Stage custom snare tuning piece stuck?


Junior Member
I'm pretty new to drumming in general, and I just bought a used 2014 Stage Custom kit off CL and am trying to get everything set up and working. The guy sold the snare without snares on it and with a broken head, so it's a bit suspicious to begin with.

Anyway, I notice on one side of the snare-attachment parts there is something with a spring and a twisting bolt, above the part which you need a drum key to tighten. Check out the following picture (not my snare), it's the big part right in the center:

The issue is, this part won't turn, which is making fine-tuning the snare difficult (which seems like its purpose). Is it stuck, or is there a way to loosen it up or unlock it or something? I've done a bit of research and can't find much info on it. I can get some real life pictures if it would help out, too.

Thanks guys.

Duck Tape

Platinum Member
That's called a snare strainer. It pulls the snares against the bottom head. You operate it by moving the lever up and down.

Is the lever down when you try to adjust the knob? It should help. If the tension adjustment (turny knobby thing) is busted you can work around it by undoing the strainer, then undoing the two tension rods that tighten the plastic strap on the snare wires. Adjust the snare wires by positioning the plastic strap and tighten the screws back up. That might take a few attempts to get it right.

This actually happened to my stage custom snare, it might be worth upgrading the strainer.


Junior Member
Right, I'm talking about the turny-knob-thing (i.e. Tension adjustment) here. It's supposed to turn, correct? Mine simply won't turn. Do I have to do anything special to get it to turn? There seems to be a hole in the side I could put a mini Allen Wrench in but not 100% sure.

To get around it I think I've been doing what you described: dropping the snares down a bit (via lever) -> pulling pulling the strap through the thing with the drum key screwes -> tightening it -> pulling the snares up. The process seems a bit ugly though and my snares aren't sounding too great.


Platinum Member
It can only turn when the lever is down. If it can't turn with lever down then its possible it is seized right up, OR it is turned so far down into the hole it cannot be moved further. Turn the opposite way. If still not, take it apart.


Silver Member
The stuck knob may be caused by a couple things...

1) The strainer knob might be cranked either all the way down or all the up and is perhaps seized up a bit. (maybe due to some corrosion or maybe because someone cranked the hell out of it up or down).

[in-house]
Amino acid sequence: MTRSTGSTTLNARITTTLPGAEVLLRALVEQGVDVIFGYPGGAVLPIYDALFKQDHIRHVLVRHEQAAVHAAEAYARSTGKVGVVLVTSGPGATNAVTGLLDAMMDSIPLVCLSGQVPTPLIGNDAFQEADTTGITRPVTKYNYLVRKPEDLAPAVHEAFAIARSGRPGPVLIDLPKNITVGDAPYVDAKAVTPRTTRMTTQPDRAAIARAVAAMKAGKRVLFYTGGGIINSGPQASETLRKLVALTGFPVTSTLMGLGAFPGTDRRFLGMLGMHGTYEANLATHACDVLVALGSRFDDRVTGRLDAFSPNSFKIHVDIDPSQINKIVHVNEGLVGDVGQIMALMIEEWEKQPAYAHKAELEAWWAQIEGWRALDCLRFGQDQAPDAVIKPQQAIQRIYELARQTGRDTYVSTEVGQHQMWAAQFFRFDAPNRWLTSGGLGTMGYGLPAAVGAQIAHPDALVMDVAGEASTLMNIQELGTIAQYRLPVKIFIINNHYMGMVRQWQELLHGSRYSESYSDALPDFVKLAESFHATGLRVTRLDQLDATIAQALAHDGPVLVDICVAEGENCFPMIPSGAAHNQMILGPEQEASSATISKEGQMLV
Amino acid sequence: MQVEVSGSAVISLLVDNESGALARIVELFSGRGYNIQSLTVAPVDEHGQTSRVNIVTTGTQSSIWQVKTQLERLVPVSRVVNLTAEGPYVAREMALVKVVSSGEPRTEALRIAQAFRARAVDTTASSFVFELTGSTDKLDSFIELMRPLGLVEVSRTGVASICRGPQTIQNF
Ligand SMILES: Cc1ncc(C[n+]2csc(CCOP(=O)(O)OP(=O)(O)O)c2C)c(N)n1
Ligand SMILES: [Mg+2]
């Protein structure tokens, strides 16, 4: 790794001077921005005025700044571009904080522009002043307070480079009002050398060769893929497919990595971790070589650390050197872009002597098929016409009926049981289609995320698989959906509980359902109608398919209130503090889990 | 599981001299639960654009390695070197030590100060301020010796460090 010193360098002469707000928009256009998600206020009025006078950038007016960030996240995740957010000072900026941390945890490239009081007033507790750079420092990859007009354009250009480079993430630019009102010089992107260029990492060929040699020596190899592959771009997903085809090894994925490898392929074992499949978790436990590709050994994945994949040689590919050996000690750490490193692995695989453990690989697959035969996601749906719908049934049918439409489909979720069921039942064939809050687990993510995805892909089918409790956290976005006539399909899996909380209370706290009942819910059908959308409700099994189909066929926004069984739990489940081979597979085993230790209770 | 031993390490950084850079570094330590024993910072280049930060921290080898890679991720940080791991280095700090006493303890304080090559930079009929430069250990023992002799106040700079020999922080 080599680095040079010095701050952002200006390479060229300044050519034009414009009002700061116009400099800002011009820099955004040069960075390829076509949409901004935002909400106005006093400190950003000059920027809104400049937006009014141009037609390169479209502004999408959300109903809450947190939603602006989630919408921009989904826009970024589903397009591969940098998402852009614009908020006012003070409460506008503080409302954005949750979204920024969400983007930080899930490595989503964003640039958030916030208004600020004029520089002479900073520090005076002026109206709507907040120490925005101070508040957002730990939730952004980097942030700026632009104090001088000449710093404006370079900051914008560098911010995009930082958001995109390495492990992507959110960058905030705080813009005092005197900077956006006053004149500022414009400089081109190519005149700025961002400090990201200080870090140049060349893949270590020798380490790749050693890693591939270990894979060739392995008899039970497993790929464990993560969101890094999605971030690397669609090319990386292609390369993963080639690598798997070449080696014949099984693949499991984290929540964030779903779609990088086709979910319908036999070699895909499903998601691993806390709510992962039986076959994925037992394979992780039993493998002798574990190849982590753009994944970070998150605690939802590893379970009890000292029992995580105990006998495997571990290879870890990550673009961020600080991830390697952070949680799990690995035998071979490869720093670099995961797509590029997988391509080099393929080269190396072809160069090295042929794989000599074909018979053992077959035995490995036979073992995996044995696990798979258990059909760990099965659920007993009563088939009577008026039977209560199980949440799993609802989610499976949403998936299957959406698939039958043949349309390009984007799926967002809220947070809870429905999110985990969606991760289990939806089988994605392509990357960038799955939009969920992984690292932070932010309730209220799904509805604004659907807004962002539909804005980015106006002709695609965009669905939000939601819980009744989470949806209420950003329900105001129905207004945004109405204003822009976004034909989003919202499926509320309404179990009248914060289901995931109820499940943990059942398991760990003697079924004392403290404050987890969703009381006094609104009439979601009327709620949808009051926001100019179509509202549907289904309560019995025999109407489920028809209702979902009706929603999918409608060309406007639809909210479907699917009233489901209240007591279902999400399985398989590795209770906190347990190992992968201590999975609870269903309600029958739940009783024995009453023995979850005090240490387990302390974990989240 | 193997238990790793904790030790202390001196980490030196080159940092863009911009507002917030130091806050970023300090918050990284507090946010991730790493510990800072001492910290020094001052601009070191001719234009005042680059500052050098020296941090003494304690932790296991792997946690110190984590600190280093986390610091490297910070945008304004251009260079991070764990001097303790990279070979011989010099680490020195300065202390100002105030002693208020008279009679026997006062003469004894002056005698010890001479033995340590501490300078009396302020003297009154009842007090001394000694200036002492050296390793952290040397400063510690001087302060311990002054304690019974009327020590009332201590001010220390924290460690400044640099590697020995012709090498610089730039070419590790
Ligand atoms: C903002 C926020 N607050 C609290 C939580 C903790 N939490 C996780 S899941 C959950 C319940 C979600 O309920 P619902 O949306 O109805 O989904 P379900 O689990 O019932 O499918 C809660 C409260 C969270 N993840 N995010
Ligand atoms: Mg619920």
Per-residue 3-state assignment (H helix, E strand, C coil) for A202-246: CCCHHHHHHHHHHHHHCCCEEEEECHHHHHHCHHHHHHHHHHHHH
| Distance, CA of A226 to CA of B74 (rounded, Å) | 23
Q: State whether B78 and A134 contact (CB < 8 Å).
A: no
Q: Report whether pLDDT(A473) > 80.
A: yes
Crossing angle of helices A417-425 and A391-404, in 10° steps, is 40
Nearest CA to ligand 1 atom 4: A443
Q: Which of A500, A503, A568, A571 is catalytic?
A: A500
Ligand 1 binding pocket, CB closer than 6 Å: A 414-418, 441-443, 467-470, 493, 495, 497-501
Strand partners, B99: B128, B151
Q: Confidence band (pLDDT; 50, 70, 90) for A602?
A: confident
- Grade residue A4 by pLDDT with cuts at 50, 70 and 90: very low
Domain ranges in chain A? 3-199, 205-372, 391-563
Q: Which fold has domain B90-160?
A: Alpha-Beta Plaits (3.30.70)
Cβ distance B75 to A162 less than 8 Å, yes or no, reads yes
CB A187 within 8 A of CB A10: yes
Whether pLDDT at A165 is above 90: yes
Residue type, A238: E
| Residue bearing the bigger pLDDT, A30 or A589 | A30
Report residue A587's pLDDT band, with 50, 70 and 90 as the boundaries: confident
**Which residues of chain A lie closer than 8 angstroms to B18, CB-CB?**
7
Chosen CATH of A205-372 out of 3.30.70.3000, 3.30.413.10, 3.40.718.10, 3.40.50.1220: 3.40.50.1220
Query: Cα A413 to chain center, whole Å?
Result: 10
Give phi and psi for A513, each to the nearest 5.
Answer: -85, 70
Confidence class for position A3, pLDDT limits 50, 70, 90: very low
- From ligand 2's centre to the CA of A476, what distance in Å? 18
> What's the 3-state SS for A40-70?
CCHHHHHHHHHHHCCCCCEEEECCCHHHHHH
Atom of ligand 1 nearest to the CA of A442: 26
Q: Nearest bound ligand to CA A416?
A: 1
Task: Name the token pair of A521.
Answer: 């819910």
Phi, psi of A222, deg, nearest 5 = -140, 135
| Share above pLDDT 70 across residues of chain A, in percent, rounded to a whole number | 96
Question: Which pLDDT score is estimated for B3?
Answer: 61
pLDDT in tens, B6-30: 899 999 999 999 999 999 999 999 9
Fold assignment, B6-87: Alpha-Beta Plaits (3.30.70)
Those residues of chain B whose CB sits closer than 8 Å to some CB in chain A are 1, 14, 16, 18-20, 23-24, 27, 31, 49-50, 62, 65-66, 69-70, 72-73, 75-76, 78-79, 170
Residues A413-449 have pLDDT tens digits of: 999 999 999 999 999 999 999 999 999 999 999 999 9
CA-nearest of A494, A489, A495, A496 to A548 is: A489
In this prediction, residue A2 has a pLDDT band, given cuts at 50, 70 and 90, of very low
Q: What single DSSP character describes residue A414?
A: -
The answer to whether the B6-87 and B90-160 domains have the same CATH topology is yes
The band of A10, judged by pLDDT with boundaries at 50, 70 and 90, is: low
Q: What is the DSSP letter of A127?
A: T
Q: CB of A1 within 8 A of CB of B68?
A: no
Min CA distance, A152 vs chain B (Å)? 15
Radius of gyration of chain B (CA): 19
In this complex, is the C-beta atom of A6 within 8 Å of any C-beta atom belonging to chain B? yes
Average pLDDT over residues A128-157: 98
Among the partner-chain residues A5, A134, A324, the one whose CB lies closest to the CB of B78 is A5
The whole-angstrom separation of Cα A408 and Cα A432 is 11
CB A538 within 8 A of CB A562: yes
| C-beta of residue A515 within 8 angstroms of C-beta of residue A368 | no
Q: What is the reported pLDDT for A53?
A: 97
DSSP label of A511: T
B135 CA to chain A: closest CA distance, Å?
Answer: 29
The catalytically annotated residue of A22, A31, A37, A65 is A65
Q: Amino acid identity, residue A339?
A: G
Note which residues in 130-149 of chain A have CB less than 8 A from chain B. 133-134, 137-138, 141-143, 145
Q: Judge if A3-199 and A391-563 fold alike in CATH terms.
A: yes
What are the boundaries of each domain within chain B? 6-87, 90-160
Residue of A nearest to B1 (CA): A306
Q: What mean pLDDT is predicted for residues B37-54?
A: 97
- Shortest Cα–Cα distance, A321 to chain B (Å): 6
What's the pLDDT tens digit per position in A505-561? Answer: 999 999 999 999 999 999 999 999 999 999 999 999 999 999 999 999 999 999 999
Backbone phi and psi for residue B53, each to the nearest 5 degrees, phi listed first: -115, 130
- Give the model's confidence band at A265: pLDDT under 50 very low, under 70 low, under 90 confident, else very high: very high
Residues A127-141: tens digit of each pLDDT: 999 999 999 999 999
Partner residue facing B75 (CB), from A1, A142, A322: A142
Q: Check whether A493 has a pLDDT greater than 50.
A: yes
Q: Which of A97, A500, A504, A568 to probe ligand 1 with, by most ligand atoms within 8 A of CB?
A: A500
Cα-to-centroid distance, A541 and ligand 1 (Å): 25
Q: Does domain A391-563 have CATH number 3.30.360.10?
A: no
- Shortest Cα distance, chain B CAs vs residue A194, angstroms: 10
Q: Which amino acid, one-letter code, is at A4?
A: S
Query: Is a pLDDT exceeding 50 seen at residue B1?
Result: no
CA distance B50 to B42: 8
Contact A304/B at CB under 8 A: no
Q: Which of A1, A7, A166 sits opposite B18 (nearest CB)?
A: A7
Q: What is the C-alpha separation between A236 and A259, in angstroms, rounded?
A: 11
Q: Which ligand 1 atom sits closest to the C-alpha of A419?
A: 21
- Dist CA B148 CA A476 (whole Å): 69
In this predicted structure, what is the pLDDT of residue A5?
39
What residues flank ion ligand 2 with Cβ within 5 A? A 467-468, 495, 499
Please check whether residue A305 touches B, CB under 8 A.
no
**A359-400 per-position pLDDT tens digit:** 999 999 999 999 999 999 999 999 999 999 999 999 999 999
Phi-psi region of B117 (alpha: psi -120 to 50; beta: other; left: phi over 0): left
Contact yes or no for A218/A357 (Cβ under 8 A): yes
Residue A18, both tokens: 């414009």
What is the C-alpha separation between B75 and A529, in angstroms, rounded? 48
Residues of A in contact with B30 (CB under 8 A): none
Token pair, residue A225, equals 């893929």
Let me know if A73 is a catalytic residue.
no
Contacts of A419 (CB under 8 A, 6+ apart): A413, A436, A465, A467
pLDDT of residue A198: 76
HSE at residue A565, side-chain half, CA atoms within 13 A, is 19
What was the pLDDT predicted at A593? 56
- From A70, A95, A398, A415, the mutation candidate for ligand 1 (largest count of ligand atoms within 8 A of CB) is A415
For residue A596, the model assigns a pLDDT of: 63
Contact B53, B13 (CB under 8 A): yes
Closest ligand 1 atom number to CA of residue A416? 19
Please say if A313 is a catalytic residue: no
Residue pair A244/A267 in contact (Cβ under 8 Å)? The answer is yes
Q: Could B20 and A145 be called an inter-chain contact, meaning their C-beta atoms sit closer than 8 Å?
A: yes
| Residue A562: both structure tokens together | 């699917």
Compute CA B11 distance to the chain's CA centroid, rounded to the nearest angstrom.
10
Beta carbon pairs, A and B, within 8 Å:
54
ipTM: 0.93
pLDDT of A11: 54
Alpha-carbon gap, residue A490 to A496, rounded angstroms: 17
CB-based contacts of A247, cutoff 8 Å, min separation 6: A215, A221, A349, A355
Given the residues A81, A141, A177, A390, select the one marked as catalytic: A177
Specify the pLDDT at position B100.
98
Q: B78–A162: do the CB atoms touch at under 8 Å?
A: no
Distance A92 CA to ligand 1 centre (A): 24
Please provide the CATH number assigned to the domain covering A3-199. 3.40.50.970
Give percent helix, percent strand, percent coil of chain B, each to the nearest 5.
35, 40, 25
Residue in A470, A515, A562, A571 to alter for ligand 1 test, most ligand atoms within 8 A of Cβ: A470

2) The strainer assembly might be bent in such a way that it feels like it's seized up (in which case it probably is seized up)

3) The strainer assembly might be broke!

FYI... Whenever I buy a used drum (especially a snare drum) I take it home, tear every single piece of hardware off the shell. Give it some TLC with some cleaner on the shell and on the metal pieces. Then I put it all back together again, slap some new heads on it and some new snare wires and BAM!! They sing like they were made too.

In your case, you will want to carefully exam the strainer for any defects. Don't put it back on the drum until you've either fixed it or bought a new strainer. There's no sense in being in a hurry. Do it right! If that means a few more dollars to replace it, then so be it.. Lesson learned.

Good Luck, Defender


Platinum Member
Pretty much the same advice as above.

The tension adjustment knob is a threaded bolt that extends into the strainer chassis. They tend to get stuck if over-tightened. A couple things you can do, as long as you are 100% prepared to buy a new strainer.

1: Remove the strainer from the snare. Compress the spring and make sure there isn't lock-tight, solder, or debris where the two pieces meet.
2: Pop it in a vice and attempt to unscrew it using pliers or a channel lock. Do not use enough force to shear the bolt.
3: If it won't budge, get a can of compressed air, turn it upside down, freeze where the bolt meets the chassis, try again. Tap the top of the knob lightly with a hammer. Try again. It's either going to come out, or it's going to shear.

Once it's free, take off the spring and evaluate the threads. It's entirely possible that the knob/bolt is not original and is a different thread size than the chassis, and some doofus cranked it in. If it matches, and you've cleaned and cleared all debris (WD40, place the douche blaster deep into the receptacle to blow out the crap while holding it upside down), lubricate the bolt and receptacle with mechanical grease, MolyD, or 3-in-1 and reassemble.